G o


Jacob Tonson, Dryden's bookseller, was a whig. while the poet was a Jacobite. When Dryden had nearly completed his translation of Virgil, it was the bookseller's wish, and several of Dryden's friends, that the book should be dedicated to King William : this, however, the poet strenuously refused. The bookseller, however, who had as much veneration for Willian as Dryden had for James, finding he could not have the dedication he wished, contrived, on retouching the plates, to have MEneas delineated with a hooked nose, that he might resemble his favourite prince. This ingenious device of Tonson’s occasioned the following epigram to be inserted in the next edition of Dryden's Virgil:—

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A foolish young fellow boasting in company of his travelling abroad, was asked by one present how he unade his way. “By my wits,” reptied the other. “ Indeed to says he, “then you must have travelled very cheaply.”

ON M R. DAY, WHO RAN Away froxi His LANDLORd.

Here DAY and Night conspir'd a sudden flight,
For DAY, they say, has run away by night.
DAY's past and gone. Why, landlord, where's
your rent
Did you not see that DAY was almost spent o
Day pawn'd and sold, and put off what he might,
Tho' it be ne'er so dark, Day will be lis Mr.
You had one DAY a tenant i and would fain -
Your eyes could see that DAY but once again,
No, landlord, no ; now you may truly say,
(And to your cost too) you have lost ibe Dax.
DAY is departed in a mist, I :ear;
For Day is broke, and yet does not appear.
From time to time he promis'd still to pays
You should have rose before the break of Dov.
But if you had, you'd have got nothing by ot,
For DAY was cunning, and broke over-night.
DAv, like a candle, is gone out, but where
None knows, unless to t'other hemisphere.
Then to the tavern let us haste away—
Come, chear up—hang't—’tis but a broken DAY.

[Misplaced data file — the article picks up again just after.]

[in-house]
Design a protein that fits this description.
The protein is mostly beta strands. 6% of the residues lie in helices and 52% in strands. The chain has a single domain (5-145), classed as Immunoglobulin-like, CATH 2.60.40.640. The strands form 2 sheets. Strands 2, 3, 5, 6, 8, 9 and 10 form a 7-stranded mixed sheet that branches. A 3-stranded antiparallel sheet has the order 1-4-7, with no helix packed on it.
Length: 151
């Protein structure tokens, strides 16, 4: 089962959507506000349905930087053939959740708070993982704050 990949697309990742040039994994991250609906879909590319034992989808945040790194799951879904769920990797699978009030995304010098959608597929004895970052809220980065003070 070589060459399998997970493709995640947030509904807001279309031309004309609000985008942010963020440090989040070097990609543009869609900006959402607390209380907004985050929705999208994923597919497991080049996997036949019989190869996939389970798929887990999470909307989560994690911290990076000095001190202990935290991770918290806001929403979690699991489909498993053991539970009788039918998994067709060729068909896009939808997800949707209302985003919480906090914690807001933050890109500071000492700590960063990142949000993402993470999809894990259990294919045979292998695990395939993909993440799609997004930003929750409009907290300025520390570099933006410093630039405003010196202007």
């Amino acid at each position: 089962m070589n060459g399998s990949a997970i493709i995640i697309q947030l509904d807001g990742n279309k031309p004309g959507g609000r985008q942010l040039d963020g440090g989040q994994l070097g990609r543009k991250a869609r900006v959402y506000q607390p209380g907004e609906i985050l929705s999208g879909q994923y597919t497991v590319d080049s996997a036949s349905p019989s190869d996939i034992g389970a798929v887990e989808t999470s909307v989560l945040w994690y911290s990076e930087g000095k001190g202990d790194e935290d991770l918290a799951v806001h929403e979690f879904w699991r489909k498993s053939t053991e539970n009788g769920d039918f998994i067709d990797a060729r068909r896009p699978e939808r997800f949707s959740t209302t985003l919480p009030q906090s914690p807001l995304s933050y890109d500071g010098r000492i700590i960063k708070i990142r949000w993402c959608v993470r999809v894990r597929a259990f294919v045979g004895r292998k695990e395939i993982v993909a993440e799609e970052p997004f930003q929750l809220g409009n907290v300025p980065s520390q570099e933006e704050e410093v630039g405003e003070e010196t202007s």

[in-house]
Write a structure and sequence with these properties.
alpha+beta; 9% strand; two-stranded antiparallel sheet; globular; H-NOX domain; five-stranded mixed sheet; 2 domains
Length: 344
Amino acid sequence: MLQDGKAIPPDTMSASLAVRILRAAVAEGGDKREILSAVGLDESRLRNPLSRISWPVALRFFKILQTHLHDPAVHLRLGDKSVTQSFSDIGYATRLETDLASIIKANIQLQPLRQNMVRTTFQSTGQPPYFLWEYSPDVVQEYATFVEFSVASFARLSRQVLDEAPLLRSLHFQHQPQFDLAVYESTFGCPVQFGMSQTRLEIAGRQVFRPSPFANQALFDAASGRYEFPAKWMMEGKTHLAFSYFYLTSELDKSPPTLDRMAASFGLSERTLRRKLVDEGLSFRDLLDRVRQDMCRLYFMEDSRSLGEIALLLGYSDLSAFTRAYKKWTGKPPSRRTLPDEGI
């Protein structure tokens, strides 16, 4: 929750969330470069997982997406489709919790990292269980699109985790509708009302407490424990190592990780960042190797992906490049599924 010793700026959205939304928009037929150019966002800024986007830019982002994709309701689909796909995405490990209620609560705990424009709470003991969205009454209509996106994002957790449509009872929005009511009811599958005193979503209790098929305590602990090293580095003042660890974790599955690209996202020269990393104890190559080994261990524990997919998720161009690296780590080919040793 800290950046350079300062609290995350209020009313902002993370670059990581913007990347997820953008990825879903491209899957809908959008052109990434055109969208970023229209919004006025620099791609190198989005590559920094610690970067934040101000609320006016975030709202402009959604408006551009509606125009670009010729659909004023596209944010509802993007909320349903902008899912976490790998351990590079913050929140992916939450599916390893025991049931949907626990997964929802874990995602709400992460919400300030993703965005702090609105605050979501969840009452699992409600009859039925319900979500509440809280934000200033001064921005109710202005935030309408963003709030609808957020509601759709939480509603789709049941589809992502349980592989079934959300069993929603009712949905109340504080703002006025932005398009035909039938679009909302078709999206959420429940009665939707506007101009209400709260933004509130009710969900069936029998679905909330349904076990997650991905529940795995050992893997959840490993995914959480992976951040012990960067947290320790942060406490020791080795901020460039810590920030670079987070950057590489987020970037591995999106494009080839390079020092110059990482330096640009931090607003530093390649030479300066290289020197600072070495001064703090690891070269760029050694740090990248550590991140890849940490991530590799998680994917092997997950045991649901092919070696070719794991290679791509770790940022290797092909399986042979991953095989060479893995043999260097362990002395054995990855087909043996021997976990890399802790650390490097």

And he that trusted DAY for any sum
Will have his money, if that DAY will come.
But how now, landlord what's the matter, pray
What! you can't sleep, you long so much for day,
Have you a mind, sir, to arrest a Dav

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There lived in York, an age ago,
A man whose name was Pimlico o
He lov'd three sisters passing well.
But which the best he could not tell.
These sisters three, divinely fair,
Shew’d Pimlico their tenderest care:
For each was elegantly bred, -
And all were much inclin'd to wed ;
And all inade Pimlico their choice,
And prais'd him with their sweetest voice,
Young Pim, the gallant and the gay,
Like ass divided 'tween the hay,
At last resolv'd to gain his ease,
And choose his wife by eating cheese.
He wrote his card, he seal’d it up,
And said with them that night he'd sup;
Desir'd that there might only be
Good Cheshire cheese, and but them three;
He was resolv’d to crown his life,
And by that means to fix his wife.
The girls were pleas'd at his conceit:
Each drest herself divinely neat;
With faces full of peace and plenty,
Blooming with roses, under twenty.
For surely Nancy, Betsy, Sally,
Were sweet as lilies of the valley ;
I}ut singly, surely buxom Bet
Was like tiew hay and miguionet;
But each surpass'd a poet's fancy,
For that, of truth, was said of Nancy:
And as for Sal, she was a donna,
As fair as those of old Crotona,
Who to Apelles lent their faces
To make up madam Helen's graces.
To those the gay divided Pin
Came elegantly smart and trim
When ev'ry siniling maiden, certain,
Cut off some cheese to try her fortune.
Nancy at once not fearing-caring,
To shew her saving ate the paring ;
And Bet, to shew her gen’rous mind,
Cut and then threw away the rind ;